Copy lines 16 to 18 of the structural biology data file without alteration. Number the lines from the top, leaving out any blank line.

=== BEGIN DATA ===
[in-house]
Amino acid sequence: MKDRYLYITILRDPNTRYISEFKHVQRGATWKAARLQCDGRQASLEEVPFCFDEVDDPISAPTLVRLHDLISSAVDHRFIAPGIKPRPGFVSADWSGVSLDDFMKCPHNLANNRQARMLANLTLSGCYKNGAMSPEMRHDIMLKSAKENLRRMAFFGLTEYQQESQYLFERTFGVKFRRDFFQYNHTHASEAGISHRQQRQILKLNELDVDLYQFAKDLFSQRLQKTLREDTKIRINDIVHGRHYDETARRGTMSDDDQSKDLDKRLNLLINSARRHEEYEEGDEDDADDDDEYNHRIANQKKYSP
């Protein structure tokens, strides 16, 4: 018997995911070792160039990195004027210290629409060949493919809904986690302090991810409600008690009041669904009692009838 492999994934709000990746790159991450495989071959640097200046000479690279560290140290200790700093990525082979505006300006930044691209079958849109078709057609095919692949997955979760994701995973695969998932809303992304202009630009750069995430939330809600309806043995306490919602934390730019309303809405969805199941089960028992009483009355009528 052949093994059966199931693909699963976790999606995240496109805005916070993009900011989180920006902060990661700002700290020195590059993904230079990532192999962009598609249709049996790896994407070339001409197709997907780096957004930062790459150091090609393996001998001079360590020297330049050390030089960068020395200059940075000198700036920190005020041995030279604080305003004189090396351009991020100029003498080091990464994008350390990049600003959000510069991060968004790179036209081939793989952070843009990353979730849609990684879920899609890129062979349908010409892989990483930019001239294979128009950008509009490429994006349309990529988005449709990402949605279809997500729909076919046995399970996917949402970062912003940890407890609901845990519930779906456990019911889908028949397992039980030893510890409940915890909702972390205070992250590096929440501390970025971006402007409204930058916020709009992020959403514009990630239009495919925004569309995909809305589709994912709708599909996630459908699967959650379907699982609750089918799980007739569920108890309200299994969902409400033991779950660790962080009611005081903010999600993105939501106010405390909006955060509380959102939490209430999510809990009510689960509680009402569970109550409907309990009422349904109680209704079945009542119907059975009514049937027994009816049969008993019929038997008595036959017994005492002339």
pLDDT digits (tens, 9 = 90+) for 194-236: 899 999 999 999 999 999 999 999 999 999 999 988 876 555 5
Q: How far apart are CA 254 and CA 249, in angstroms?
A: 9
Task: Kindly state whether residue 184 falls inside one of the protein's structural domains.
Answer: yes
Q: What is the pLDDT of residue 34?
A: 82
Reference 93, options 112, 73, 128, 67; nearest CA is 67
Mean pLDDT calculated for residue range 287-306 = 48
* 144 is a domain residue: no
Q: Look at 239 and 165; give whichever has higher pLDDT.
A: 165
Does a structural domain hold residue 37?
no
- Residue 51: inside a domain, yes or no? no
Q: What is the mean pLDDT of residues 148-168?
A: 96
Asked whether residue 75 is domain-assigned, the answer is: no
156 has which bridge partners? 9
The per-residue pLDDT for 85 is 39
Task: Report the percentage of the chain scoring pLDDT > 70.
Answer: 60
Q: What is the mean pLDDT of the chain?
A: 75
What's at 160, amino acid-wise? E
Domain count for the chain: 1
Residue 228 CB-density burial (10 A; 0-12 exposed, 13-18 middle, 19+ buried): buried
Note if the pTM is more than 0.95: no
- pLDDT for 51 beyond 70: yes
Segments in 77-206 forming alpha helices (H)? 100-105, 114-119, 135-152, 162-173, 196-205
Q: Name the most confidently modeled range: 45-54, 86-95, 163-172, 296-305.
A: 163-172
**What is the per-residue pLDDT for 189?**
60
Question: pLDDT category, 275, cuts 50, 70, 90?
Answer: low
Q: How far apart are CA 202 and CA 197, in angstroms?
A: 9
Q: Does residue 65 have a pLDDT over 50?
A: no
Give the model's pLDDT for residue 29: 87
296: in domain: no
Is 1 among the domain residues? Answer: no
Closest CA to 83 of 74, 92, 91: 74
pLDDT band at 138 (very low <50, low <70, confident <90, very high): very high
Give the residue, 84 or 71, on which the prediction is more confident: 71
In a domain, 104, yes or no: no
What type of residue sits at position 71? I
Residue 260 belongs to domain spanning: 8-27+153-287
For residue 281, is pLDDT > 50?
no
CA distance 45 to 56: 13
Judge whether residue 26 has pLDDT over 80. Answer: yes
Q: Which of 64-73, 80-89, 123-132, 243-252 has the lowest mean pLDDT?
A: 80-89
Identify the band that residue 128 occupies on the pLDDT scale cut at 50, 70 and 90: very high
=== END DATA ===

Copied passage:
Does a structural domain hold residue 37?
no
- Residue 51: inside a domain, yes or no? no